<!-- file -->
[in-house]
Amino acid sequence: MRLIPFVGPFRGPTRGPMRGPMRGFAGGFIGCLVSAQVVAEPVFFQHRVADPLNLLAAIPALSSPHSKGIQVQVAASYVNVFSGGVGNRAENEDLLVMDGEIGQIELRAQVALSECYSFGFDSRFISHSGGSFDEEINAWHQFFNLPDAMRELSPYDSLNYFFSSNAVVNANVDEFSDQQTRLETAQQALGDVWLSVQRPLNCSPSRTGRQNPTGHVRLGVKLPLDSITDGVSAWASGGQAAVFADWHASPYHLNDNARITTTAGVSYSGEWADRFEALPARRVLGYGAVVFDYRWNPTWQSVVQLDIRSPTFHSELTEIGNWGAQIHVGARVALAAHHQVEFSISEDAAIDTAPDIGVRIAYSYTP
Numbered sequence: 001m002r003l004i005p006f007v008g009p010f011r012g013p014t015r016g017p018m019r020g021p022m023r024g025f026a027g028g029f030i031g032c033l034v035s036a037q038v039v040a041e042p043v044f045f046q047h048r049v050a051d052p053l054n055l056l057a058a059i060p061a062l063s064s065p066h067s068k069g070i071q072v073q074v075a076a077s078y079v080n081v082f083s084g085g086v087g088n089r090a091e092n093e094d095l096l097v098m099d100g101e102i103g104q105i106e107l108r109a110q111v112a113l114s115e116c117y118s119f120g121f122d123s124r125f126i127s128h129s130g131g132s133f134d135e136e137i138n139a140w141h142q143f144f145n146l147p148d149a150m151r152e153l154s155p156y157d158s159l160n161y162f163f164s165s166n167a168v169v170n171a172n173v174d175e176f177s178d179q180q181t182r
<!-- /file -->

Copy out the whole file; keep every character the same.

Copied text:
[in-house]
Amino acid sequence: MRLIPFVGPFRGPTRGPMRGPMRGFAGGFIGCLVSAQVVAEPVFFQHRVADPLNLLAAIPALSSPHSKGIQVQVAASYVNVFSGGVGNRAENEDLLVMDGEIGQIELRAQVALSECYSFGFDSRFISHSGGSFDEEINAWHQFFNLPDAMRELSPYDSLNYFFSSNAVVNANVDEFSDQQTRLETAQQALGDVWLSVQRPLNCSPSRTGRQNPTGHVRLGVKLPLDSITDGVSAWASGGQAAVFADWHASPYHLNDNARITTTAGVSYSGEWADRFEALPARRVLGYGAVVFDYRWNPTWQSVVQLDIRSPTFHSELTEIGNWGAQIHVGARVALAAHHQVEFSISEDAAIDTAPDIGVRIAYSYTP
Numbered sequence: 001m002r003l004i005p006f007v008g009p010f011r012g013p014t015r016g017p018m019r020g021p022m023r024g025f026a027g028g029f030i031g032c033l034v035s036a037q038v039v040a041e042p043v044f045f046q047h048r049v050a051d052p053l054n055l056l057a058a059i060p061a062l063s064s065p066h067s068k069g070i071q072v073q074v075a076a077s078y079v080n081v082f083s084g085g086v087g088n089r090a091e092n093e094d095l096l097v098m099d100g101e102i103g104q105i106e107l108r109a110q111v112a113l114s115e116c117y118s119f120g121f122d123s124r125f126i127s128h129s130g131g132s133f134d135e136e137i138n139a140w141h142q143f144f145n146l147p148d149a150m151r152e153l154s155p156y157d158s159l160n161y162f163f164s165s166n167a168v169v170n171a172n173v174d175e176f177s178d179q180q181t182r